Making fitness fun by making it a group activity
Published by: LifeWorks,
Staying fit and staying motivated can be hard, especially through the long, cold nights of winter. We’ve got some tips on how to keep the momentum going through the run up to year-end.
Make fitness fun
Best way to turn exercise into a part of your routine? Make it something you enjoy. How?
Work out with someone you enjoy spending time with—a friend, housemate, family member, partner, or spouse. If no one you know is available at the same time you are, ask your network of friends if they know someone or try and set up a fitness club at work. With people spending most of their time at their workplace, getting some colleagues involved in a fitness initiative can help you work out more efficiently, such as before or after work or at lunch. You don’t have to go anywhere, it could be something as simple as going on a walk nearby.
Make it a team effort.
Take classes at a gym or participate in team sports to add a sense of accountability— especially if you have teammates depending on you. Seeing others making similar efforts and accomplishing goals can also provide motivation.
Mix it up.
Try different workouts – both cardio and strength – and cross train. This assortment of activities can help you work different muscles, and it keeps exercise, well, fun!
Turn up the volume.
Upbeat, feel-good music makes workouts more enjoyable. Music boosts performance and tricks your mind into feeling less tired during a workout while encouraging positive thoughts.
Take it outside.
Fresh-air activities like running, walking and team sports stave off boredom by adding variety. Plus, being outside can also improve brain function, mood, and mental health.
If you’re unable to go to the gym or outside, don’t worry. You can get a full workout in any space—home, office, hotel, or park. All you need is an exercise mat, a couple of small weights, and a few routines – TV, online or app.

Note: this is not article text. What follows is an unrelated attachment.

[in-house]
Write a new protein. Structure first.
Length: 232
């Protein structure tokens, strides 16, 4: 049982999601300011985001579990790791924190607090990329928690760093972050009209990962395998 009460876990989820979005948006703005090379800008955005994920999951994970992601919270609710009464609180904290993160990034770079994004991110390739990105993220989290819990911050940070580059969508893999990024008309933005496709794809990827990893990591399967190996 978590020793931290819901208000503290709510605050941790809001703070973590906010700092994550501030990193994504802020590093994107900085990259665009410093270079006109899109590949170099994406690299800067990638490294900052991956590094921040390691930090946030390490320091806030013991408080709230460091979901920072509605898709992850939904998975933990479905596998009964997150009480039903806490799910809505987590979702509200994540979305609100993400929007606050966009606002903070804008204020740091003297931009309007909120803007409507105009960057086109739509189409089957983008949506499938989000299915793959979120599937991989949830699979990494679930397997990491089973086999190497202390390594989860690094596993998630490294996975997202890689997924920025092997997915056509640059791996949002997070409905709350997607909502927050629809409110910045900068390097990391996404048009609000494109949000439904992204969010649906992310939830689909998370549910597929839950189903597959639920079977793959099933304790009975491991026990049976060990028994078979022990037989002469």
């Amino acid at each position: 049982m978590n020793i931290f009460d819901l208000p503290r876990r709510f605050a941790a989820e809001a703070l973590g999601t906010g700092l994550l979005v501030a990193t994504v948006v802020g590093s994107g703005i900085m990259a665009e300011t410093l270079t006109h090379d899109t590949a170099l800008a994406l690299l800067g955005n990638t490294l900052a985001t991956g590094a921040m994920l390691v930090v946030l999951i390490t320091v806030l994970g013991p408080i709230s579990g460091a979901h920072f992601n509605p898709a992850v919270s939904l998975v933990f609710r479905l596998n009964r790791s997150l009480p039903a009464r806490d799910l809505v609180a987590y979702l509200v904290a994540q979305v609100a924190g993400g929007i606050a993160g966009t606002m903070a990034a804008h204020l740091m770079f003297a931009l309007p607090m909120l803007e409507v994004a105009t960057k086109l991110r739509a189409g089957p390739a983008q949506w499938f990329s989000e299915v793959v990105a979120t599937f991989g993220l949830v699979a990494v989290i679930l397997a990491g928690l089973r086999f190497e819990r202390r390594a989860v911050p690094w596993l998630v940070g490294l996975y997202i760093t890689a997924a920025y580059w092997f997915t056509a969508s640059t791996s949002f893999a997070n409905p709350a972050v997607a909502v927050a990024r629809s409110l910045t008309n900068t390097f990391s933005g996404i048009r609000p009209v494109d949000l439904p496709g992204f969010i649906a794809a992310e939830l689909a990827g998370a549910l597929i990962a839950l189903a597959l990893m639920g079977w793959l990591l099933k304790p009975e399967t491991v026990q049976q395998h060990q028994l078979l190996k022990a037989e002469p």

Join a group.
Check your community for fitness or health groups—gyms, organisations, and online. See if your employer offers any fitness groups at work like:
- Walking groups
- Community races
- Company sports teams
- Incentives for biking to work
- On- or off-site fitness classes and personal training
- Healthy cooking and nutrition classes
- Discounts at gyms and other fitness facilities
- Local bike clubs
- If they don’t maybe set one up!
Once you’ve found a group, the following tips will help you get going:
- Sign up. If you sign up, you’ll be more motivated to follow through and meet the challenge.
- Encourage colleagues or friends to sign up with you. Participating with people you know can give you a big mental boost towards following through and achieving your fitness goals.
- Log your activity. Keep a record of your progress throughout the challenge so you can see how far you’ve come. There are lots of apps to help you do this.
- Stay positive. If you fail to meet a particular fitness goal or if you progress more slowly than you’d hoped, don’t give up. Use it as additional motivation to keep going.
Bonus tip: Remember, putting in the effort and making slow progress is much more important.
How the numbers can help you
Regardless of your type of exercise, some people are motivated by seeing scores, measurements, and statistics. These include:
Some friendly competition. If you have a competitive streak, take advantage of it by getting involved in a competitive sport or activity against yourself or others. Running, rowing or basketball are just a few possibilities.
Track and measure it. Sometimes tracking measurable factors like weight, body fat index, cholesterol, or endurance provide motivation. Body parts can also be measured—arms, hips, waist. Seeing these numbers move in a healthy direction gives you a positive feeling that helps you keep going.
Set a goal. Whether it’s a 5K race, a mini triathlon, or just fitting into a specific pair of jeans, setting a realistic goal can help you persist.
Set a regular time. When exercise is part of your routine, it becomes a fact of life rather than a chore or something you can put off or ignore. Keep track of the number of active days each week to stay motivated.